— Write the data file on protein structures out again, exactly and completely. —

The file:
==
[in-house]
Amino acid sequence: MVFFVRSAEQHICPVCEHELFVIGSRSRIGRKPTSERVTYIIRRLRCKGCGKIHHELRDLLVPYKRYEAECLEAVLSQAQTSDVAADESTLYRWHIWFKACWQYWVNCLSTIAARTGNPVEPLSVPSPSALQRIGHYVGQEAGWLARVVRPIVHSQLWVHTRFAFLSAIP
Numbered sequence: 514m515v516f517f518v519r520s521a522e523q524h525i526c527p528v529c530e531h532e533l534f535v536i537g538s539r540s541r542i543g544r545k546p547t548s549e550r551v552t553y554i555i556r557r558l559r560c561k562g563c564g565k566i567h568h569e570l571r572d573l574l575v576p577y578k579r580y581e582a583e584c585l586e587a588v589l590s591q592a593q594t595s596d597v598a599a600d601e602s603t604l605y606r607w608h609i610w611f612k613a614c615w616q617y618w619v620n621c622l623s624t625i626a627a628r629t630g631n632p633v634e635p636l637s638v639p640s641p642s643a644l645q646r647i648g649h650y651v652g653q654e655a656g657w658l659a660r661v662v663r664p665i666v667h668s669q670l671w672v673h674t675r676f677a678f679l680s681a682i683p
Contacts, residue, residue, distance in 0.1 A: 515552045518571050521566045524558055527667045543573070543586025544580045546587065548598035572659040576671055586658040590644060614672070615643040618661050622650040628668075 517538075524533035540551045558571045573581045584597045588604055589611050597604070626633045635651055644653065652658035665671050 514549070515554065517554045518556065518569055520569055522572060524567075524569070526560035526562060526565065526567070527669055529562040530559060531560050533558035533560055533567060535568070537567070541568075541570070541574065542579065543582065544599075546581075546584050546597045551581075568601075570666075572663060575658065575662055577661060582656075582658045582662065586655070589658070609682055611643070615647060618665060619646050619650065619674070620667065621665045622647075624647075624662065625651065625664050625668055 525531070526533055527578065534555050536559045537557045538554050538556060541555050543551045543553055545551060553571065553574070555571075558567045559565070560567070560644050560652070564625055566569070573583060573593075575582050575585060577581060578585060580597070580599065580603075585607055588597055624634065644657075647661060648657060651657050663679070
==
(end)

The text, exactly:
[in-house]
Amino acid sequence: MVFFVRSAEQHICPVCEHELFVIGSRSRIGRKPTSERVTYIIRRLRCKGCGKIHHELRDLLVPYKRYEAECLEAVLSQAQTSDVAADESTLYRWHIWFKACWQYWVNCLSTIAARTGNPVEPLSVPSPSALQRIGHYVGQEAGWLARVVRPIVHSQLWVHTRFAFLSAIP
Numbered sequence: 514m515v516f517f518v519r520s521a522e523q524h525i526c527p528v529c530e531h532e533l534f535v536i537g538s539r540s541r542i543g544r545k546p547t548s549e550r551v552t553y554i555i556r557r558l559r560c561k562g563c564g565k566i567h568h569e570l571r572d573l574l575v576p577y578k579r580y581e582a583e584c585l586e587a588v589l590s591q592a593q594t595s596d597v598a599a600d601e602s603t604l605y606r607w608h609i610w611f612k613a614c615w616q617y618w619v620n621c622l623s624t625i626a627a628r629t630g631n632p633v634e635p636l637s638v639p640s641p642s643a644l645q646r647i648g649h650y651v652g653q654e655a656g657w658l659a660r661v662v663r664p665i666v667h668s669q670l671w672v673h674t675r676f677a678f679l680s681a682i683p
Contacts, residue, residue, distance in 0.1 A: 515552045518571050521566045524558055527667045543573070543586025544580045546587065548598035572659040576671055586658040590644060614672070615643040618661050622650040628668075 517538075524533035540551045558571045573581045584597045588604055589611050597604070626633045635651055644653065652658035665671050 514549070515554065517554045518556065518569055520569055522572060524567075524569070526560035526562060526565065526567070527669055529562040530559060531560050533558035533560055533567060535568070537567070541568075541570070541574065542579065543582065544599075546581075546584050546597045551581075568601075570666075572663060575658065575662055577661060582656075582658045582662065586655070589658070609682055611643070615647060618665060619646050619650065619674070620667065621665045622647075624647075624662065625651065625664050625668055 525531070526533055527578065534555050536559045537557045538554050538556060541555050543551045543553055545551060553571065553574070555571075558567045559565070560567070560644050560652070564625055566569070573583060573593075575582050575585060577581060578585060580597070580599065580603075585607055588597055624634065644657075647661060648657060651657050663679070